How I Spent My Summer Vacation, 1997

Two radios that I picked up while vacationing in Washington state during August, 1997. The set under my hand is a 1934 Philco Model 60 cathedral. On the table next to it is a small Motorola 5R1 tabletop.

Both of these radios played when I bought them, but the Philco needed some work. You can read a detailed chronicle of its cosmetic and electronic restoration by clicking the link above. The Motorola was almost like new and required little more than a light cleanup.

We took a second vacation later that summer, flying to Minnesota for an action-packed weekend that included two family reunions. Although pressed for time, I did manage to score two more radios on that trip: a Zenith tabletop with an unusual chevron-shaped dial and blond wood cabinet, and a 1939 RCA 94BP1 tube portable.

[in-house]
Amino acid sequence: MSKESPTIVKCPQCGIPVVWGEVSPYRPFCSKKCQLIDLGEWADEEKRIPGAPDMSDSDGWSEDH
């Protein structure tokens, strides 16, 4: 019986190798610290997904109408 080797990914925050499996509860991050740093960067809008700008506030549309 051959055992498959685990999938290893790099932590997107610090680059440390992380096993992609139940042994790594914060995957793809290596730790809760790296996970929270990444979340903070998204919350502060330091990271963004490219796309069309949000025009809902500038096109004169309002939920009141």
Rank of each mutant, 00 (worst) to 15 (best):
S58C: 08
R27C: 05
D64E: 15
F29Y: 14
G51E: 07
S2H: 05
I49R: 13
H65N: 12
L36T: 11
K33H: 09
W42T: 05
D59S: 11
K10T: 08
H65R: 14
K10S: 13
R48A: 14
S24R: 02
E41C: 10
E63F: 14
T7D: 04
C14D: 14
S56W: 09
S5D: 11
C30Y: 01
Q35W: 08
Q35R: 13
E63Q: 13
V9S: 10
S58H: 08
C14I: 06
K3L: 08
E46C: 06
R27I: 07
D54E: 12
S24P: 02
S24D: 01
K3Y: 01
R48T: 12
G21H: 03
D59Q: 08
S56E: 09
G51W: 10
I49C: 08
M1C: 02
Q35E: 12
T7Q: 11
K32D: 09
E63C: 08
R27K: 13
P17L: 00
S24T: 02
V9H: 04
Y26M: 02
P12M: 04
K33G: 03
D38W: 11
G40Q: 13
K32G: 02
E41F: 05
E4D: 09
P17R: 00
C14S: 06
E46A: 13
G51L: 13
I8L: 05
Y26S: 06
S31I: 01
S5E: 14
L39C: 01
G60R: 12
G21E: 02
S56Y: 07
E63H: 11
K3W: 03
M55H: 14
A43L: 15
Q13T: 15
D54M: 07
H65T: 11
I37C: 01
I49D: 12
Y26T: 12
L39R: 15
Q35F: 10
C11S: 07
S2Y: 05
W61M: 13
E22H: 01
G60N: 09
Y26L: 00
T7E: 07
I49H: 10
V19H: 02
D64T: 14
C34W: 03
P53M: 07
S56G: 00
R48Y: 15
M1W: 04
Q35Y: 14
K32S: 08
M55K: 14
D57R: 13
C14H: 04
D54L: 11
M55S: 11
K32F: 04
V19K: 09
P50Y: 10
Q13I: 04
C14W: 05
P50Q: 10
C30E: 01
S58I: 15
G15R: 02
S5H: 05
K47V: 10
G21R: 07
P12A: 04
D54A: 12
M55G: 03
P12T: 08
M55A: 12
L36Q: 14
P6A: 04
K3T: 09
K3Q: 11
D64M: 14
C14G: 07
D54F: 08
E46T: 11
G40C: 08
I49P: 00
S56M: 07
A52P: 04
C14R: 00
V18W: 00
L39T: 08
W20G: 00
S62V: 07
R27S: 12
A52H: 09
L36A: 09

In case you're wondering, the photo above was taken in the spot where we stayed for a week. No, we didn't sleep in a ruined silo! This is a 200-acre hay farm located on the Olympic Peninsula. The owners rent out the house to folks looking for a quiet place on the water. (The property has waterfront on the Straits of Juan de Fuca.)

The 120-year old house is quite cozy, having been updated over the years, and the land is rented out to a tenant farmer. The outbuildings are no longer in use, and are in various states of disrepair, which explains the tumbledown shed and silo in the background.

Located near the town of Sequim and the Olympic mountain range, this was a fantastic place to bring our two boys for a week. While we did a certain number of standard tourist activities, such as hiking up Hurricane Ridge, we also spent a lot of time simply fooling around on the farm—climbing haystacks, watching the local wildlife, and pretending that we live in a more tranquil world. Here are our sons, Isaac and Peter, in the hayfield next to the house and on the beach at the Dungeness Spit.

©1995-2017 Philip I. Nelson, all rights reserved